Here’s the historic value chain for hotels – they had to have a connection to a property management system, which connected to the central reservation system, which connected to Switch Pegasus or Disco, which connected to the GDSs, which finally connected to the online and offline booking agents. Overall, this value chain represents a 25 per cent cost to the hotels because everyone along that chain obviously needs to make money, including the agents. If you have a negotiated rate, you take out the agent commission, but you still have a cost of 15 per cent for the remaining chain just to complete a transaction.

What we’ve done for the independent hotels is given them a web-based solution, which then directly distributes through HRS. So we’ve cut out many of the steps on the value chain. This is why when you have a non-commissionable negotiated rate we can sometimes reduce that cost down to zero. When they’re serving a commissionable rate, we take about ten to 15 per cent depending on the market.

In the future, I think we’ll see greater differentiation in prices – there will be one price for the GDS and one for direct bookings. In fact we’re already seeing this in some form today. The direct rates are on average 6 or 7 per cent cheaper than the GDS because they’re taking out that cost.

We’re investing in the technology bridges – this means a lot of cost on our end – and trying to help hotels achieve lower distribution costs. By doing this we’re asking for some favours because we obviously want to see ROI. Properties are becoming more and more understanding of how this fits together.

Where does your call for greater transparency fit in all of this?
The industry is still based around an ecosystem that was created 50 years ago. Over time the industry started a downward race in terms of competing for income. This forced a lot of players to create other buckets of income, which at some point became hidden revenues and fees. Through the transparency the internet brought with it, people are catching on, which is creating this trust issue.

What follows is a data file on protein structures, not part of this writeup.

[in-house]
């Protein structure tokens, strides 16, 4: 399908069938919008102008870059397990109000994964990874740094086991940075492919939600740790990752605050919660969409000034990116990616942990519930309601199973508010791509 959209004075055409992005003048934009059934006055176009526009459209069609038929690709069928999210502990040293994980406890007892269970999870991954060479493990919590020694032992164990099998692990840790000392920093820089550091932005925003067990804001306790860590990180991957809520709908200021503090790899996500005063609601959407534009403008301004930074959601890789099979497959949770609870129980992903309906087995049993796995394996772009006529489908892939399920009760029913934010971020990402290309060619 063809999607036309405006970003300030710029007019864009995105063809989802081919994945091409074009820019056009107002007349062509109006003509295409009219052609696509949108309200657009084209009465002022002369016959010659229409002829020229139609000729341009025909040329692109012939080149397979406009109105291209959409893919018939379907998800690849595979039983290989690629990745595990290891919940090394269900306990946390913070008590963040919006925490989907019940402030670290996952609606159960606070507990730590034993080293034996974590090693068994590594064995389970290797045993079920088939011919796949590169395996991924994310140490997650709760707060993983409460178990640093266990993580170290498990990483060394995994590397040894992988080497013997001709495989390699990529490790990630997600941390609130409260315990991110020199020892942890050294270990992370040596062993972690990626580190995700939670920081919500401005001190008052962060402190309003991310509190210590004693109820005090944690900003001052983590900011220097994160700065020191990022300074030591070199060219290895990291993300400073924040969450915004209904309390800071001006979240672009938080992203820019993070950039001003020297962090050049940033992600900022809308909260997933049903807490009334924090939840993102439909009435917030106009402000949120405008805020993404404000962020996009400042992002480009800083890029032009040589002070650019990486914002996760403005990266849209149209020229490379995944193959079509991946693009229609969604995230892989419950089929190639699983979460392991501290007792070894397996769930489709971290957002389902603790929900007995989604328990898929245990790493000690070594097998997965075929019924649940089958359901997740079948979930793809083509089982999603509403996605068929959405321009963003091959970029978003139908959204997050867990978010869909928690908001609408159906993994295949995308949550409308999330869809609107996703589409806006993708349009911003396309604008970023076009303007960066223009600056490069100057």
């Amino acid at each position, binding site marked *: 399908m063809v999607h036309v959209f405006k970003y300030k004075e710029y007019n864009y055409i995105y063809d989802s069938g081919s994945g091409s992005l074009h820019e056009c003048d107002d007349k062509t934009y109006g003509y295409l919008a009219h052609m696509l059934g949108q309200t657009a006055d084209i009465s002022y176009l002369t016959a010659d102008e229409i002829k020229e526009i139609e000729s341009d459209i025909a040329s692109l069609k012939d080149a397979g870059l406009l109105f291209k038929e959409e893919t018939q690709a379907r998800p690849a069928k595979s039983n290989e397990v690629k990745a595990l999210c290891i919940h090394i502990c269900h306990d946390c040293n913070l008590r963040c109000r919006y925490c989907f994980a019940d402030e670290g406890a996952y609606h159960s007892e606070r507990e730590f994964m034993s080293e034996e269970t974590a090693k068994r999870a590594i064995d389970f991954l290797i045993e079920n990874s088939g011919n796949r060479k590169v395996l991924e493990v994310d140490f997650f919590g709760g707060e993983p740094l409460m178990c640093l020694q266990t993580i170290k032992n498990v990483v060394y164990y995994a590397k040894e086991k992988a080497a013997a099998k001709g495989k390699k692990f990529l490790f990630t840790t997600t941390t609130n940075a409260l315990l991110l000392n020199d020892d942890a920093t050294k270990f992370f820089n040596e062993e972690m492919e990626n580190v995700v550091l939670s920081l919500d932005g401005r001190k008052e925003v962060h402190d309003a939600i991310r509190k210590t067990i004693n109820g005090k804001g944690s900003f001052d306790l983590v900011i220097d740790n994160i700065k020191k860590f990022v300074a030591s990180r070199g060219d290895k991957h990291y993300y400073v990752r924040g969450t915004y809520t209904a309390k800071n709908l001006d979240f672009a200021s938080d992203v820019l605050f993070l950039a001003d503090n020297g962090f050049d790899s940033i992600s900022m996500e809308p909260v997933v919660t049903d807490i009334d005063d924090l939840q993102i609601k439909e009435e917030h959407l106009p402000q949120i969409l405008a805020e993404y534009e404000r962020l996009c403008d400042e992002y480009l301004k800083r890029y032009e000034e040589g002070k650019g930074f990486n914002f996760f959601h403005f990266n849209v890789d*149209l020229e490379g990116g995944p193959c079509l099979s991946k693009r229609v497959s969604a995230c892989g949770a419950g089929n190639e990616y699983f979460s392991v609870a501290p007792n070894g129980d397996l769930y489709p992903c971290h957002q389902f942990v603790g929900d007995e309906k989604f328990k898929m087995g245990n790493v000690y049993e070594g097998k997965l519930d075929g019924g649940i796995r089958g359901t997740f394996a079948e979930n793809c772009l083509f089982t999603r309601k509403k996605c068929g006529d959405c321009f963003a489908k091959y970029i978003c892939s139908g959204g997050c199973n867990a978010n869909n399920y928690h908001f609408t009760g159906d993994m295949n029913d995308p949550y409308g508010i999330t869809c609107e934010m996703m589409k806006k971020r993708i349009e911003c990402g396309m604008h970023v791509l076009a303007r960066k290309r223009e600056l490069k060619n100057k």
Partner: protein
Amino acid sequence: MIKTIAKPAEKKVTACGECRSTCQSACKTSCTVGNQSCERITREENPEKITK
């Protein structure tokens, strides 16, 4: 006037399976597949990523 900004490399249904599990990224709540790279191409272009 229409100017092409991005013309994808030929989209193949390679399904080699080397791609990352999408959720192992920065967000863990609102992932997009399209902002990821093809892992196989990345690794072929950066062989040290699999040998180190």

Ultimately, it’s the customers who need to demand transparency and force the suppliers to make changes. But they also need to honour and reward transparency.

Where do you see HRS in the future? Will the practice of outsourcing hotel programmes continue?
Obviously, we’d like to see more of these big contract wins. We’re in discussions with companies now and we’re talking about deploying this strategy on a global scale. We’ve noticed the outsourcing of hotel categories on every continent; for instance, we’ve signed on a major bank in Brazil and big clients in the Asia Pacific region.

We also want to make sure we’re providing the hotels with the right data. After all, it’s a marketplace model where everyone needs to get their fair share. The hotels are committing to rates and some amenities, but on the other hand they also want volume. A big problem in the past was that customers would promise volume but couldn’t always deliver. I’m not saying HRS is perfect at that yet – we still have room to improve. There are a lot of reasons why the volume you thought you could give is not being delivered; sometimes the traveller just doesn’t play the way you want them to. But we’re putting a lot of effort into working with hotels to help them understand why customers can’t always deliver the volume they want.